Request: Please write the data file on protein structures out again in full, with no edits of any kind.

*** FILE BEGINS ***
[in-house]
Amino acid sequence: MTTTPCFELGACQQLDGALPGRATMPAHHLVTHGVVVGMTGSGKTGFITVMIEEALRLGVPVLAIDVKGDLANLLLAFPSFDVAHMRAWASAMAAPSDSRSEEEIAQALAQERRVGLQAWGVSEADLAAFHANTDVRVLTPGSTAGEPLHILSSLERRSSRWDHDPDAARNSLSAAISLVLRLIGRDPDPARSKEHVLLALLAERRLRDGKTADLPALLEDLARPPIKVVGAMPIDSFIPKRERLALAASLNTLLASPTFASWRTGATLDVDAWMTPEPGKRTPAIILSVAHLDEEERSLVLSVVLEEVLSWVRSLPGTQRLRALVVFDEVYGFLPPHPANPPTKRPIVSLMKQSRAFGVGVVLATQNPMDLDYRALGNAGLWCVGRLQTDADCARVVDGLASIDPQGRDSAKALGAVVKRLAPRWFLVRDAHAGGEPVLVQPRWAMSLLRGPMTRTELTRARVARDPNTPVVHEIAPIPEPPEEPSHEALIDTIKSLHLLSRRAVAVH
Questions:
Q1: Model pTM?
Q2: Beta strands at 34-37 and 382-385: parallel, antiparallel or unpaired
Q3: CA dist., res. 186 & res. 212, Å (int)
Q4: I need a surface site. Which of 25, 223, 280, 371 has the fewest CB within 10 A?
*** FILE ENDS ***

[in-house]
Amino acid sequence: MTTTPCFELGACQQLDGALPGRATMPAHHLVTHGVVVGMTGSGKTGFITVMIEEALRLGVPVLAIDVKGDLANLLLAFPSFDVAHMRAWASAMAAPSDSRSEEEIAQALAQERRVGLQAWGVSEADLAAFHANTDVRVLTPGSTAGEPLHILSSLERRSSRWDHDPDAARNSLSAAISLVLRLIGRDPDPARSKEHVLLALLAERRLRDGKTADLPALLEDLARPPIKVVGAMPIDSFIPKRERLALAASLNTLLASPTFASWRTGATLDVDAWMTPEPGKRTPAIILSVAHLDEEERSLVLSVVLEEVLSWVRSLPGTQRLRALVVFDEVYGFLPPHPANPPTKRPIVSLMKQSRAFGVGVVLATQNPMDLDYRALGNAGLWCVGRLQTDADCARVVDGLASIDPQGRDSAKALGAVVKRLAPRWFLVRDAHAGGEPVLVQPRWAMSLLRGPMTRTELTRARVARDPNTPVVHEIAPIPEPPEEPSHEALIDTIKSLHLLSRRAVAVH
Questions:
Q1: Model pTM?
Q2: Beta strands at 34-37 and 382-385: parallel, antiparallel or unpaired
Q3: CA dist., res. 186 & res. 212, Å (int)
Q4: I need a surface site. Which of 25, 223, 280, 371 has the fewest CB within 10 A?